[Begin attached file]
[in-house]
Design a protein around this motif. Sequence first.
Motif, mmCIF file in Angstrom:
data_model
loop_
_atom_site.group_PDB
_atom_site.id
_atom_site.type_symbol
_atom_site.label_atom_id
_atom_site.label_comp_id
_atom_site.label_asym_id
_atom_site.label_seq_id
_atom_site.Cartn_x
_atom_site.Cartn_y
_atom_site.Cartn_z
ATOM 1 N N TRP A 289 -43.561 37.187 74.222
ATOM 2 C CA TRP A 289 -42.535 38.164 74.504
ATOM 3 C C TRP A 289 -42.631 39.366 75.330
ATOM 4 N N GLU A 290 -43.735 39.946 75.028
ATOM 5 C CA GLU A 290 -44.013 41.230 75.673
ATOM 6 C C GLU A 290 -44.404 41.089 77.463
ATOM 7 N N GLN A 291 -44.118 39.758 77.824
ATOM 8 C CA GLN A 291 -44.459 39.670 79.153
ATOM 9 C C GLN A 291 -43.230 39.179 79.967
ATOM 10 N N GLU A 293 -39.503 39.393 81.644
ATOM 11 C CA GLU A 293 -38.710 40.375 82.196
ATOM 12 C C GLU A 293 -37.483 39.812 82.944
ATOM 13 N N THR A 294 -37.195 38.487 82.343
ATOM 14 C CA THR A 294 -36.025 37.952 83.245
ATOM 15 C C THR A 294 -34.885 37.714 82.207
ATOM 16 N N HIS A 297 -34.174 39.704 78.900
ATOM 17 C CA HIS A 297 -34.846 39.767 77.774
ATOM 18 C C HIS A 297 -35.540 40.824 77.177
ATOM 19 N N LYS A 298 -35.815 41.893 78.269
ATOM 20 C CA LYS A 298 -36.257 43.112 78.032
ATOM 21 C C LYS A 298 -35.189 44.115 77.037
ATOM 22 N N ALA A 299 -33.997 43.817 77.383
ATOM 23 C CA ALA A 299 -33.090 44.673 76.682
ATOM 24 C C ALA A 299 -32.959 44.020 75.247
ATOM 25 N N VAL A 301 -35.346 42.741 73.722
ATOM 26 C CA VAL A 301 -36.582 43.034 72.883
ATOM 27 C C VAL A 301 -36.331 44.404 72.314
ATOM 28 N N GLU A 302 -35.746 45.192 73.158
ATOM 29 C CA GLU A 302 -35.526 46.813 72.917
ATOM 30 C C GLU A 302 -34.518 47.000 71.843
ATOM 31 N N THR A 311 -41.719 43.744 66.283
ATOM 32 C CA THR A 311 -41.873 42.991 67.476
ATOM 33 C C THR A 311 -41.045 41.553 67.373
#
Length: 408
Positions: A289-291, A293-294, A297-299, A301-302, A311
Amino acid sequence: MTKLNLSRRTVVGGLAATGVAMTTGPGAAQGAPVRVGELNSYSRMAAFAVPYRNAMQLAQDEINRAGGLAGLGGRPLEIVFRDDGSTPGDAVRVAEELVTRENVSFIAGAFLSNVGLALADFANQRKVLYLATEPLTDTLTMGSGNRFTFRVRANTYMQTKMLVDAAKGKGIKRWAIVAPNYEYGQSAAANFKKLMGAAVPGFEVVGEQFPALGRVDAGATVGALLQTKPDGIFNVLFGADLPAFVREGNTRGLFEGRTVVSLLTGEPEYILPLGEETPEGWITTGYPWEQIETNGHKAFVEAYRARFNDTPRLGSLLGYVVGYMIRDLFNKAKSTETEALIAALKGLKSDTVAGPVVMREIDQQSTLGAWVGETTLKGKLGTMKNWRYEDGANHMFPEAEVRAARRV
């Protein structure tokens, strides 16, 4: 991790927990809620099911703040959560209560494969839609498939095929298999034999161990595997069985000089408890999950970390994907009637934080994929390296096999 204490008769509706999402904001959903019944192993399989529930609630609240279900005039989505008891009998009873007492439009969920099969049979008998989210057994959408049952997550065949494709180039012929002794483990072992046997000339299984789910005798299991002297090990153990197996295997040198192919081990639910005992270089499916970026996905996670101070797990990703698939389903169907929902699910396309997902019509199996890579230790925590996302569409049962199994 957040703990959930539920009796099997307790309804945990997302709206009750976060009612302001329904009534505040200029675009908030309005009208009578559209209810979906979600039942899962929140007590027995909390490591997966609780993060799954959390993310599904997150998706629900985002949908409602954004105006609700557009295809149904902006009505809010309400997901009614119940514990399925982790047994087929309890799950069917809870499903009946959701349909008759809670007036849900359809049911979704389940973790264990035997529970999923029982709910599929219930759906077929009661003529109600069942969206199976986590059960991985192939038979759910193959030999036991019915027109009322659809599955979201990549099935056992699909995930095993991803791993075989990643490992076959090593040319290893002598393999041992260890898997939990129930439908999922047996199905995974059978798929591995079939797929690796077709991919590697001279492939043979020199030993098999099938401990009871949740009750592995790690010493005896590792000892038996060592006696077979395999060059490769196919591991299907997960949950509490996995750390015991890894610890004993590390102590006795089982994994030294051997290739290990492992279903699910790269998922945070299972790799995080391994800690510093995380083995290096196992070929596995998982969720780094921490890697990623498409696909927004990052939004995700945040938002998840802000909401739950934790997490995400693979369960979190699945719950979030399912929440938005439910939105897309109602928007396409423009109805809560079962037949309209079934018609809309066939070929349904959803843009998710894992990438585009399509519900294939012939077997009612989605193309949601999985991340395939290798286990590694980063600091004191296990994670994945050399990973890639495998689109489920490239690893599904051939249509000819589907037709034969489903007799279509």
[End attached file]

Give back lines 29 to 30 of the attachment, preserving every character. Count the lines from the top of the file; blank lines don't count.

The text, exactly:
ATOM 14 C CA THR A 294 -36.025 37.952 83.245
ATOM 15 C C THR A 294 -34.885 37.714 82.207